Bend Police Chief Jim Porter spoke to the Bend City Council Wednesday night about police reform. It’s worth listening to what he said about chokehold bans, qualified immunity for police and more.
Porter is understandably proud of his department’s progress. It has improved the way it responds to mental health calls. It’s made a substantial effort to improve recruitment. It has trained officers in de-escalation techniques. In short: meaningful, real positive changes.
Porter didn’t paint everything forcibly in his favor. He believes the department should expand its citizen advisory committee and do more training in de-escalation techniques and do more training in avoiding bias in policing.
He also discussed some reforms proposed in Oregon and nationally. Porter doesn’t want a complete ban on all neck holds. He distinguished between respiratory holds at the neck designed to cut off air and vascular holds which are designed to cut off blood, though he didn’t use those terms. Police call vascular holds carotid restraint, after the carotid artery.
Porter said twice in his career he was on the ground struggling with a suspect. Porter felt like he was fighting for his life. He could draw his gun. He could use a carotid restraint. He went for the restraint both times. If he had gone for his gun, the suspect might be dead. He said if a police officer cannot use a carotid restraint in those situations, it is setting them up to fail.
Deschutes County District Attorney John Hummel recently expressed a similar concern when he was asked about use of such holds. Legislators need to ensure any bills aimed at banning chokeholds do not unintentionally cause more problems.
Liberal and conservative members in Congress have also called for an end to what’s called “qualified immunity.” That’s a doctrine created by the U.S. Supreme Court. It means even if a government official violated a person’s constitutional rights, the person or his or her family can’t sue for damages — unless it can be demonstrated that the government violated a right explicitly protected in a previous court ruling. The issue can become if the facts of the case line up with previous cases, not the violation of constitutional rights.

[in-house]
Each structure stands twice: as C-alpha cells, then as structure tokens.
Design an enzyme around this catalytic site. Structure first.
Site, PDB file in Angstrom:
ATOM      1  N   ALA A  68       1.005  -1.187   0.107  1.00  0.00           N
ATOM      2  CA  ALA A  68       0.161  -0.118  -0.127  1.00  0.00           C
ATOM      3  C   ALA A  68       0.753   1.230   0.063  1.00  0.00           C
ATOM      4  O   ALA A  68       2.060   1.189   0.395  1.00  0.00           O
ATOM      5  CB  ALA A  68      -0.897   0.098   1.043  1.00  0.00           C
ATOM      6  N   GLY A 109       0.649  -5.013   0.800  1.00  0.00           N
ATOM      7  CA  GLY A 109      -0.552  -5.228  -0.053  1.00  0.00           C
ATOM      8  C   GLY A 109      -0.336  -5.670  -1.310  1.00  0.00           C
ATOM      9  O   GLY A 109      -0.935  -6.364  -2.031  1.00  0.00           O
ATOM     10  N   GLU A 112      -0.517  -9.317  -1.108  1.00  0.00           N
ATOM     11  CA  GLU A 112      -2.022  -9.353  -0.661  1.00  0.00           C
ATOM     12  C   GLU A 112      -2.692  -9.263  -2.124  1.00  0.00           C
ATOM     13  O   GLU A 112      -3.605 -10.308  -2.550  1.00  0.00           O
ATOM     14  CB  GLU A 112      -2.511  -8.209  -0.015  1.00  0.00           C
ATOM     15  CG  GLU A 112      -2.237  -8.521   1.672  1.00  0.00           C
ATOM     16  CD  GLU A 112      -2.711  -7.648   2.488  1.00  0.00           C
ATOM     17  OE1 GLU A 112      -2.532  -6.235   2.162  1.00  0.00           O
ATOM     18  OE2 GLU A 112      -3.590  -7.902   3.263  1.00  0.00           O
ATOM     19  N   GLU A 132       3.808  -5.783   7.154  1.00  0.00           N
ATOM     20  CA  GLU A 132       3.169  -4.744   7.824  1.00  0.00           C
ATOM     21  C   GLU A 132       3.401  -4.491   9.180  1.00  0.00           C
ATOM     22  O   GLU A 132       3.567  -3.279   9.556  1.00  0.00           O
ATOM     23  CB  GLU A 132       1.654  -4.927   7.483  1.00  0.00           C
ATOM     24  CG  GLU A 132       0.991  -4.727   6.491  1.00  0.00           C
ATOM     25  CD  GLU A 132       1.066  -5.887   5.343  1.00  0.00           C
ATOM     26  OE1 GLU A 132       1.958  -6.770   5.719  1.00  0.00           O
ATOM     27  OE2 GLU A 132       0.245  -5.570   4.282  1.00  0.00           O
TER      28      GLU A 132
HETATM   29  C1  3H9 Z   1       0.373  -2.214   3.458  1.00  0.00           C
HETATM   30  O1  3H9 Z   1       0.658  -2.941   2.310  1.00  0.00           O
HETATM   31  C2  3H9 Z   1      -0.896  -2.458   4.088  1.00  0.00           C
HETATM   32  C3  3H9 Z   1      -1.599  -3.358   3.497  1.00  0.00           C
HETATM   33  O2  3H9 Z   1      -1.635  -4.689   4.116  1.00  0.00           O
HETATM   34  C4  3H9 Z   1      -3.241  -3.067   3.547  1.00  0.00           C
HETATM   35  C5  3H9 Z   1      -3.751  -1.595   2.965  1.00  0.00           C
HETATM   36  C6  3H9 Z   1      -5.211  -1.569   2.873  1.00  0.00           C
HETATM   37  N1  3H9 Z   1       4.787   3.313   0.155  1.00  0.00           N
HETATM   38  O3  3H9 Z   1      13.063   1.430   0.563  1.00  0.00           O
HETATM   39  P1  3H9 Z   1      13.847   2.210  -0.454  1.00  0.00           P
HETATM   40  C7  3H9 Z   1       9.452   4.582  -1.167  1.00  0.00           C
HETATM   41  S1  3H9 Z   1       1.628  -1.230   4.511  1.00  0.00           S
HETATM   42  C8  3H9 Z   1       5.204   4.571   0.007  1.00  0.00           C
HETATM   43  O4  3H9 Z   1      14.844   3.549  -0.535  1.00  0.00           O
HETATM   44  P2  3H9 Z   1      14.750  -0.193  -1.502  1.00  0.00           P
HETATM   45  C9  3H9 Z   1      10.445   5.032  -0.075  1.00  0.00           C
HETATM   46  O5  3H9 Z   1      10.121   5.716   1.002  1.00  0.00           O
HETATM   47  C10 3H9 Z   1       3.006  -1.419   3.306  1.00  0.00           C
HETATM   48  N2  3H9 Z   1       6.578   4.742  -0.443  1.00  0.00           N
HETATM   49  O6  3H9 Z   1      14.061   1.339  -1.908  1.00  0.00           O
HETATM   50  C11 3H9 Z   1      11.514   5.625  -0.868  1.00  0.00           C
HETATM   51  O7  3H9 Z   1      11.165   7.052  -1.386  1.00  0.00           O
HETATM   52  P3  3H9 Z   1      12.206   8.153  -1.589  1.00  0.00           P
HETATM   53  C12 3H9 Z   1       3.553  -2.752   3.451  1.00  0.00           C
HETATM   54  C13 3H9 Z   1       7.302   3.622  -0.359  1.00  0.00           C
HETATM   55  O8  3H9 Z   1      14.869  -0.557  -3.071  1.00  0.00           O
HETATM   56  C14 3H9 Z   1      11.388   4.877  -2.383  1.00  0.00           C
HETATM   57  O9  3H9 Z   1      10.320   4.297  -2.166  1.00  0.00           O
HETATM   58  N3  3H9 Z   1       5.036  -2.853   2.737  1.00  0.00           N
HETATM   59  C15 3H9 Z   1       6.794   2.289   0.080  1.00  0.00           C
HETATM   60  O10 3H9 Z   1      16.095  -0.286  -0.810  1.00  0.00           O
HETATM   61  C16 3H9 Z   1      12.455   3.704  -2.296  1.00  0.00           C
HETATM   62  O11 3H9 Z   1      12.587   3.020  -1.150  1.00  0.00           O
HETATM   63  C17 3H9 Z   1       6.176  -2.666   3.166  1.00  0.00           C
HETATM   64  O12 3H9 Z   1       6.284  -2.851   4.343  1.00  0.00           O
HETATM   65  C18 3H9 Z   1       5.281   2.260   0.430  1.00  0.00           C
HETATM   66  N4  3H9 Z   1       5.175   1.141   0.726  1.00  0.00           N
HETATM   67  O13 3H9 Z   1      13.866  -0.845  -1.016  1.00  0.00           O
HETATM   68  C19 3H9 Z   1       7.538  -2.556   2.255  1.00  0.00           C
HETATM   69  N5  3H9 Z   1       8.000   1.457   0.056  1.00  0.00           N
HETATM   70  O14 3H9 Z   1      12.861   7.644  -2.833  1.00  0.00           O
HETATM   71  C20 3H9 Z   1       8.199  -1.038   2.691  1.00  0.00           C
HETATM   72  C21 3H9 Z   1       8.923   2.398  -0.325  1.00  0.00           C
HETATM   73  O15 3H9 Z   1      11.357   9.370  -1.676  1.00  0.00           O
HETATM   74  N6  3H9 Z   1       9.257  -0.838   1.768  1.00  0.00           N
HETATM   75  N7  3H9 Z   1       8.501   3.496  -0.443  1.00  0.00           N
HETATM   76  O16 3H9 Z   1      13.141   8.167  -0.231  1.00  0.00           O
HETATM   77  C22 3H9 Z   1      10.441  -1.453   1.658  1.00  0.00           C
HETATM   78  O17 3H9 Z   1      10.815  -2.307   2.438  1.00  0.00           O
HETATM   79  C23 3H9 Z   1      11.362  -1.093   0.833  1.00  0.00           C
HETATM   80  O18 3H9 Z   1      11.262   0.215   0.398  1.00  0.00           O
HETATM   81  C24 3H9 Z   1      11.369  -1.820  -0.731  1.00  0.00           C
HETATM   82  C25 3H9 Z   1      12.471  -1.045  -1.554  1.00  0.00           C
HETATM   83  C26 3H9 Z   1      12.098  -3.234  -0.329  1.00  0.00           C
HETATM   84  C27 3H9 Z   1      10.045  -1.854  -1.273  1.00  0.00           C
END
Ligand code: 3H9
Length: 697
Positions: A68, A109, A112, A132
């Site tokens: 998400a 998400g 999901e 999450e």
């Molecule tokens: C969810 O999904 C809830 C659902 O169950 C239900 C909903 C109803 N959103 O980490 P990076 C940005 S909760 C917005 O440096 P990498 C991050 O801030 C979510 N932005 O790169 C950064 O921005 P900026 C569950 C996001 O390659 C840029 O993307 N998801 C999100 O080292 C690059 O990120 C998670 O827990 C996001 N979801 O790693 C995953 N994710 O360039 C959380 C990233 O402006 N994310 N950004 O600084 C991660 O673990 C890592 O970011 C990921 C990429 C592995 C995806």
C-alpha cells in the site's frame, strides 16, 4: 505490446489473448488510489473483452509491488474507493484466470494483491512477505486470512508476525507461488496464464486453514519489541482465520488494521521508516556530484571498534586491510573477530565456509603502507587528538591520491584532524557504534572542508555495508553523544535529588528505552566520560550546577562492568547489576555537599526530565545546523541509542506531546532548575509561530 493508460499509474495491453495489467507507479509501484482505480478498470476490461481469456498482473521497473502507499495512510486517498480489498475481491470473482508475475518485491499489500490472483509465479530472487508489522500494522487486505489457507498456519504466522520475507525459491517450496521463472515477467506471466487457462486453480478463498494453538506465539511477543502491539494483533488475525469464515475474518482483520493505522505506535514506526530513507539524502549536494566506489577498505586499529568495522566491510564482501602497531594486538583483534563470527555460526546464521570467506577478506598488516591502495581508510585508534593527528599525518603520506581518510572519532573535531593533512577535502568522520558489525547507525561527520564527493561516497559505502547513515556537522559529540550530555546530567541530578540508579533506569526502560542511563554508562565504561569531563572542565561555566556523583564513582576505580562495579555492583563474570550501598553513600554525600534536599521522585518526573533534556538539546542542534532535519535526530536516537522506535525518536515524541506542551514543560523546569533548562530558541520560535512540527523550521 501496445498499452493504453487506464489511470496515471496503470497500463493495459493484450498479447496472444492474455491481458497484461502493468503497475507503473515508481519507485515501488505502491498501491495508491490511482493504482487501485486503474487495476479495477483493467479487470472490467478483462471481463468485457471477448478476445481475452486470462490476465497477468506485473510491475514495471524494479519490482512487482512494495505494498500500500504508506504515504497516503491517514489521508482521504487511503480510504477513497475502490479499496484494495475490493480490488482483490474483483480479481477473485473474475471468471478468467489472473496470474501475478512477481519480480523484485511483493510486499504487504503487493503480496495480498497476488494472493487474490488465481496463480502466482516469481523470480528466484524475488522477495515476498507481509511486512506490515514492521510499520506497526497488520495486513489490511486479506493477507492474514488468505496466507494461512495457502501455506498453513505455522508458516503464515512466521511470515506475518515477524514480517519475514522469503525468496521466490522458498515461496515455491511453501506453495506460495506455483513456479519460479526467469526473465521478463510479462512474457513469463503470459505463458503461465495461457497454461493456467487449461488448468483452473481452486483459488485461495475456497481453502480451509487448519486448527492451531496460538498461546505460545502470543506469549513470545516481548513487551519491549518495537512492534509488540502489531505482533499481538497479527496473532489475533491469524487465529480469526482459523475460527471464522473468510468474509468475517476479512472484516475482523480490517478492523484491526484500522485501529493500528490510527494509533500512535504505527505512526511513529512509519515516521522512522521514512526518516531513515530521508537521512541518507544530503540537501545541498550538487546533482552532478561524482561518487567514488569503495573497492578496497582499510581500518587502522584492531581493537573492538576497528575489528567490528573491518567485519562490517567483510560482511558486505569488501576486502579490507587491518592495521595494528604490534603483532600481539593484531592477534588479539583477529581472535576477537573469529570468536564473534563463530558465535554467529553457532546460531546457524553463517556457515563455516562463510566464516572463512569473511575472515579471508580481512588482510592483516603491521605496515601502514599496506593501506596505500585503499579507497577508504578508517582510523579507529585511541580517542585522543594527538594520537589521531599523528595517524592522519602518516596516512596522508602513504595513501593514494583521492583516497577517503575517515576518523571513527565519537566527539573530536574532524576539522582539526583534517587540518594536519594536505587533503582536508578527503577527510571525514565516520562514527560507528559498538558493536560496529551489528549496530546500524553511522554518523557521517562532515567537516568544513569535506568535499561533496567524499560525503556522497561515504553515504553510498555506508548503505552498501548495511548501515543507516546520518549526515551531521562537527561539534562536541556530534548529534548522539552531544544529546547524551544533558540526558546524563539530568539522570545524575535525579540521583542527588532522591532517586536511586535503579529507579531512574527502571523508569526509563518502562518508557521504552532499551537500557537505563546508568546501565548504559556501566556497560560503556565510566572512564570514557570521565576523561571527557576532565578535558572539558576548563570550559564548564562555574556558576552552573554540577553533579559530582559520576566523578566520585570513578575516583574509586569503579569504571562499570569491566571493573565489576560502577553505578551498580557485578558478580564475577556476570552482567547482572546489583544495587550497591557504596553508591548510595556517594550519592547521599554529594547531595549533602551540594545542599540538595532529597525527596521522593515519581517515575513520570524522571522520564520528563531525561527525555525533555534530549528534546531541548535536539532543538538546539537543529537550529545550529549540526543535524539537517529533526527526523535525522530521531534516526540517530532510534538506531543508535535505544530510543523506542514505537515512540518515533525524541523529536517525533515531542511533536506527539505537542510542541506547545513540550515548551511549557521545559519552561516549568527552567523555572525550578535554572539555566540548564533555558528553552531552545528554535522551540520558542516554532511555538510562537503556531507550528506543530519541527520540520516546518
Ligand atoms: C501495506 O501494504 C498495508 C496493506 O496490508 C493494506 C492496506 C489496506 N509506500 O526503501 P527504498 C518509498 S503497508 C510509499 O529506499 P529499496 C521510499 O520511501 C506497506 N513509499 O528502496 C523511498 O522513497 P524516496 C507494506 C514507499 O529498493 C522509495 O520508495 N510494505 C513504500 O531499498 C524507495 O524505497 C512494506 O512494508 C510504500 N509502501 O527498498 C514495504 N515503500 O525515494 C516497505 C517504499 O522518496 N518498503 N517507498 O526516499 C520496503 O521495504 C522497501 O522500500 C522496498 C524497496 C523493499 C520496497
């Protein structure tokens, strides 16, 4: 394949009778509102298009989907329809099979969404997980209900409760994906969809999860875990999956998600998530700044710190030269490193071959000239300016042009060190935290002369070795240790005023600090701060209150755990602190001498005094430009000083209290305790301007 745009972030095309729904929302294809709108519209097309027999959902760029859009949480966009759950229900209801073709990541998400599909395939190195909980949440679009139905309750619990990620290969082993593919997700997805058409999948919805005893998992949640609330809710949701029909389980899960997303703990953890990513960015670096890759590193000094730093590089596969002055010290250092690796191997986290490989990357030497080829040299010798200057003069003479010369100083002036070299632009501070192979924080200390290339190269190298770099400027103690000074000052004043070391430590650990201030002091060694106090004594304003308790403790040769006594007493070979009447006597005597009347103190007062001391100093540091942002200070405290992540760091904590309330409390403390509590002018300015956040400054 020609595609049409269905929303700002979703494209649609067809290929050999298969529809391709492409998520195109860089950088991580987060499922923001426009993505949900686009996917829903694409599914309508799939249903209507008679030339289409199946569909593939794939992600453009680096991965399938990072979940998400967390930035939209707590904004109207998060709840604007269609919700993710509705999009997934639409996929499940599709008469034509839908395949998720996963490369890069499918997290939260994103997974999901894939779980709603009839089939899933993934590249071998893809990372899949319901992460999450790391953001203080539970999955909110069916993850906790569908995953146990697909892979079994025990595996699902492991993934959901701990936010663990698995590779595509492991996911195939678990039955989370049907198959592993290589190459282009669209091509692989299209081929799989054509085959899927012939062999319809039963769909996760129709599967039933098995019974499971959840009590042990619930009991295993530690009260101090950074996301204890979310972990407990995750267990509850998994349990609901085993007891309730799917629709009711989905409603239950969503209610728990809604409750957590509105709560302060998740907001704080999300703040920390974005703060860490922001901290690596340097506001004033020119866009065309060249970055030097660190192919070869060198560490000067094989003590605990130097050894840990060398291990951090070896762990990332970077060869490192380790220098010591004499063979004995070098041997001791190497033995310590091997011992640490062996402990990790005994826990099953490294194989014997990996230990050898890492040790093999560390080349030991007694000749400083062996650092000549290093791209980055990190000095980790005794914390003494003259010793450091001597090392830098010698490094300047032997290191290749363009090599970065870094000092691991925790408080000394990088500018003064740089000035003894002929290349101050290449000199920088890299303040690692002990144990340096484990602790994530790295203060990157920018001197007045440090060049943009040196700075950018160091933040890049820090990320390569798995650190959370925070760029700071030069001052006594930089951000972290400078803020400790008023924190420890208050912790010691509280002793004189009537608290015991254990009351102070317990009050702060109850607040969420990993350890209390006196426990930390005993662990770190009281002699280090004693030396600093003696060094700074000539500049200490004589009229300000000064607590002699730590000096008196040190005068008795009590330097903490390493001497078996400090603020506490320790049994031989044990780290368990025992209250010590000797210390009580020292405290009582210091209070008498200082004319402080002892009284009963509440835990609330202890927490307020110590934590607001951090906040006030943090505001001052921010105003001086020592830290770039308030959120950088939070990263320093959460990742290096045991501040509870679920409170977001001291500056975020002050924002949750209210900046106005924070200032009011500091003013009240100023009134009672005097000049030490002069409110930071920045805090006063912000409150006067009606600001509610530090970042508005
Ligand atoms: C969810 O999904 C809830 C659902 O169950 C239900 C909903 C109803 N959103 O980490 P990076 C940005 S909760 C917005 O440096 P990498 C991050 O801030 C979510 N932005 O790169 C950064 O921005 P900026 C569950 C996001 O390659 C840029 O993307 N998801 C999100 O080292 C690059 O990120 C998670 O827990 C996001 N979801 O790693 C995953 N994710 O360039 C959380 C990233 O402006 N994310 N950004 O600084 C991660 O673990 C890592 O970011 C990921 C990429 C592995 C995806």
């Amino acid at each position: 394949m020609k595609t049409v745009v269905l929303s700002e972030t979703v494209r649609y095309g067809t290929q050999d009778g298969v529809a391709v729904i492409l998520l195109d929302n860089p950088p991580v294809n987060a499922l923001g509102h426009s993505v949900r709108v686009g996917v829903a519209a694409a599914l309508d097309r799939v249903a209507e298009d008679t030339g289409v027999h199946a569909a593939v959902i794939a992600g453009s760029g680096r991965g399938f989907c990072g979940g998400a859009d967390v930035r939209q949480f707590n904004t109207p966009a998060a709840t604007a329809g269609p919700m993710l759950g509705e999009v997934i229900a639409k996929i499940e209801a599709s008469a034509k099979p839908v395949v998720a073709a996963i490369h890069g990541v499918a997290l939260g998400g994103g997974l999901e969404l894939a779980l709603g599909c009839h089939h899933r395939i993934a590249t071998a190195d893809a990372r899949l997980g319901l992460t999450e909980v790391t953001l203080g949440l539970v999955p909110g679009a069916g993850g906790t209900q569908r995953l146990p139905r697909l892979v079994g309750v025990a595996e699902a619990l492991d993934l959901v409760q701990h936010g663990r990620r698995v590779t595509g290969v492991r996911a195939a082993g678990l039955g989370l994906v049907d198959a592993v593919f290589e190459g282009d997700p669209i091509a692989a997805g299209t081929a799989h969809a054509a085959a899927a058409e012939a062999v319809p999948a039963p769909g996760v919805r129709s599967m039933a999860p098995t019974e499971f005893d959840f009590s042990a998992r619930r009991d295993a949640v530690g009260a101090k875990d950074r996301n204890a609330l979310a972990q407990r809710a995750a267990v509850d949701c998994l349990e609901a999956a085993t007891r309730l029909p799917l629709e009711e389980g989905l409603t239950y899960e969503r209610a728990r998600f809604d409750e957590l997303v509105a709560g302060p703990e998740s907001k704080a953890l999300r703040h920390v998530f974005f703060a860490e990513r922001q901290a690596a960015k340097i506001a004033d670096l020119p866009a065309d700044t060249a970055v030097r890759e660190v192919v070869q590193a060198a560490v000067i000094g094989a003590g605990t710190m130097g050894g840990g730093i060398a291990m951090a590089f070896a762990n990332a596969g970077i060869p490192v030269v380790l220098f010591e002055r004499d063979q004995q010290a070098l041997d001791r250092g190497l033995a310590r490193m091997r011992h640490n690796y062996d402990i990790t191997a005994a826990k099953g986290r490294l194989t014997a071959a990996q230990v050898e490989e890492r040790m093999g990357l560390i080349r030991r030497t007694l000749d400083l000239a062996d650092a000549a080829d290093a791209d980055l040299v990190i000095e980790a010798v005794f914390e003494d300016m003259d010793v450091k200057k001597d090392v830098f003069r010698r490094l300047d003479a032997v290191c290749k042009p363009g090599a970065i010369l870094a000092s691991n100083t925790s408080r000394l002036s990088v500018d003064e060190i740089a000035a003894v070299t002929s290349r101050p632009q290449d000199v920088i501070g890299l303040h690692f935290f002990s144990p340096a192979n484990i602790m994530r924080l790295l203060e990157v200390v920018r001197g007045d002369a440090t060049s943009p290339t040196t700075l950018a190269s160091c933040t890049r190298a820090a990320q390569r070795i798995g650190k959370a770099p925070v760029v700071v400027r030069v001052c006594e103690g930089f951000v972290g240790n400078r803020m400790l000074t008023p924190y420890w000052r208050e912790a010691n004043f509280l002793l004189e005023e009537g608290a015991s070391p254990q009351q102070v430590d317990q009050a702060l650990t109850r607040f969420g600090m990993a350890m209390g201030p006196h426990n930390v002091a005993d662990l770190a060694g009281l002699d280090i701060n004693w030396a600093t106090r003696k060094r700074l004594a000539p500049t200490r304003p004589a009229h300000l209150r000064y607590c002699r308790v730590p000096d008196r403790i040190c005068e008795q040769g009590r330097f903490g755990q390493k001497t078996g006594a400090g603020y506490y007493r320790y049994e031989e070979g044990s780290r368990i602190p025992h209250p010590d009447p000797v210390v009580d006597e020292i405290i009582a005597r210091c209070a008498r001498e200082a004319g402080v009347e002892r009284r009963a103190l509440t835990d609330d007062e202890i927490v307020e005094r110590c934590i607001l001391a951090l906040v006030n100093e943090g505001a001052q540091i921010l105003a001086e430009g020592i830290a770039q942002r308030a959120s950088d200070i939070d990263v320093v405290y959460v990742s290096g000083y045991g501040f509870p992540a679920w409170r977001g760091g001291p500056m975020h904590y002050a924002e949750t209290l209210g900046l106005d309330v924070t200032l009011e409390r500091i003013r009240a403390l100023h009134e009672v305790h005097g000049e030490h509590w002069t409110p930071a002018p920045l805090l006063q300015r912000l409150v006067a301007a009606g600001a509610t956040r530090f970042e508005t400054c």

It’s easier to understand with an example. Even if a court convicts Derek Chauvin of the murder of George Floyd, his family members may not be able to sue for any monetary compensation unless their lawyers can find a case where a previous court explicitly found nearly identical conduct to what killed Floyd was unconstitutional.
Some conservatives don’t like qualified immunity, because it’s not in the Constitution. It didn’t exist in statute. Some liberals don’t like it because judges essentially made up a rule that denies people the ability to seek compensation when the government violates constitutional rights.
Porter said police are called on to make critical decisions in seconds. It would be unfair to judge an officer solely on a frame-by-frame review of what happened after the fact rather than what an officer had time or the opportunity to consider during the event. Qualified immunity helps protect officers from being tied up in court continuously with tort claims and other legal actions.
He’s correct, although courts have been clear that officers must be given latitude when making quick decisions in fluid situations. If qualified immunity did not exist, law enforcement and other government agencies would have an incredibly powerful incentive to improve hiring, training, and monitoring of employees. Bend might not need that. Some departments could.
You can watch Porter’s presentation and the council’s questions at the city’s website.